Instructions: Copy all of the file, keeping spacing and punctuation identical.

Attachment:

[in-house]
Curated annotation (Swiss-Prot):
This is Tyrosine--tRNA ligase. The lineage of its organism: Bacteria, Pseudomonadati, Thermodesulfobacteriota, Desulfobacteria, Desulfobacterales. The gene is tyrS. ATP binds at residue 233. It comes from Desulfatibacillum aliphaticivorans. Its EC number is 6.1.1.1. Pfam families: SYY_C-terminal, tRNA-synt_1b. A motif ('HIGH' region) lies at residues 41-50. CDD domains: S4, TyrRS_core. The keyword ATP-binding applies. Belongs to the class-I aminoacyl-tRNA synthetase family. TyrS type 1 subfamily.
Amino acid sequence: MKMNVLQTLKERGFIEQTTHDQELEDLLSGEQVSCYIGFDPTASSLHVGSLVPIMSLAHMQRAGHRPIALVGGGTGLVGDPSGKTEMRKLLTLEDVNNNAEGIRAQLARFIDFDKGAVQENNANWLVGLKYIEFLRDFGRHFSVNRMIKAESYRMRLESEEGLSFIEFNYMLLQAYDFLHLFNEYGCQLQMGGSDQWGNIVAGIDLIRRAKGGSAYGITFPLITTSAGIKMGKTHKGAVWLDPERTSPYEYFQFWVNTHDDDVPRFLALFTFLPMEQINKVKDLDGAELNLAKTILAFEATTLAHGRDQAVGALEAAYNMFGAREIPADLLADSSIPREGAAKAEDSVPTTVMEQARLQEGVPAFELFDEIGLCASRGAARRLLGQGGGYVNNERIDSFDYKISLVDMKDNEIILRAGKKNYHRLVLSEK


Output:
[in-house]
Curated annotation (Swiss-Prot):
This is Tyrosine--tRNA ligase. The lineage of its organism: Bacteria, Pseudomonadati, Thermodesulfobacteriota, Desulfobacteria, Desulfobacterales. The gene is tyrS. ATP binds at residue 233. It comes from Desulfatibacillum aliphaticivorans. Its EC number is 6.1.1.1. Pfam families: SYY_C-terminal, tRNA-synt_1b. A motif ('HIGH' region) lies at residues 41-50. CDD domains: S4, TyrRS_core. The keyword ATP-binding applies. Belongs to the class-I aminoacyl-tRNA synthetase family. TyrS type 1 subfamily.
Amino acid sequence: MKMNVLQTLKERGFIEQTTHDQELEDLLSGEQVSCYIGFDPTASSLHVGSLVPIMSLAHMQRAGHRPIALVGGGTGLVGDPSGKTEMRKLLTLEDVNNNAEGIRAQLARFIDFDKGAVQENNANWLVGLKYIEFLRDFGRHFSVNRMIKAESYRMRLESEEGLSFIEFNYMLLQAYDFLHLFNEYGCQLQMGGSDQWGNIVAGIDLIRRAKGGSAYGITFPLITTSAGIKMGKTHKGAVWLDPERTSPYEYFQFWVNTHDDDVPRFLALFTFLPMEQINKVKDLDGAELNLAKTILAFEATTLAHGRDQAVGALEAAYNMFGAREIPADLLADSSIPREGAAKAEDSVPTTVMEQARLQEGVPAFELFDEIGLCASRGAARRLLGQGGGYVNNERIDSFDYKISLVDMKDNEIILRAGKKNYHRLVLSEK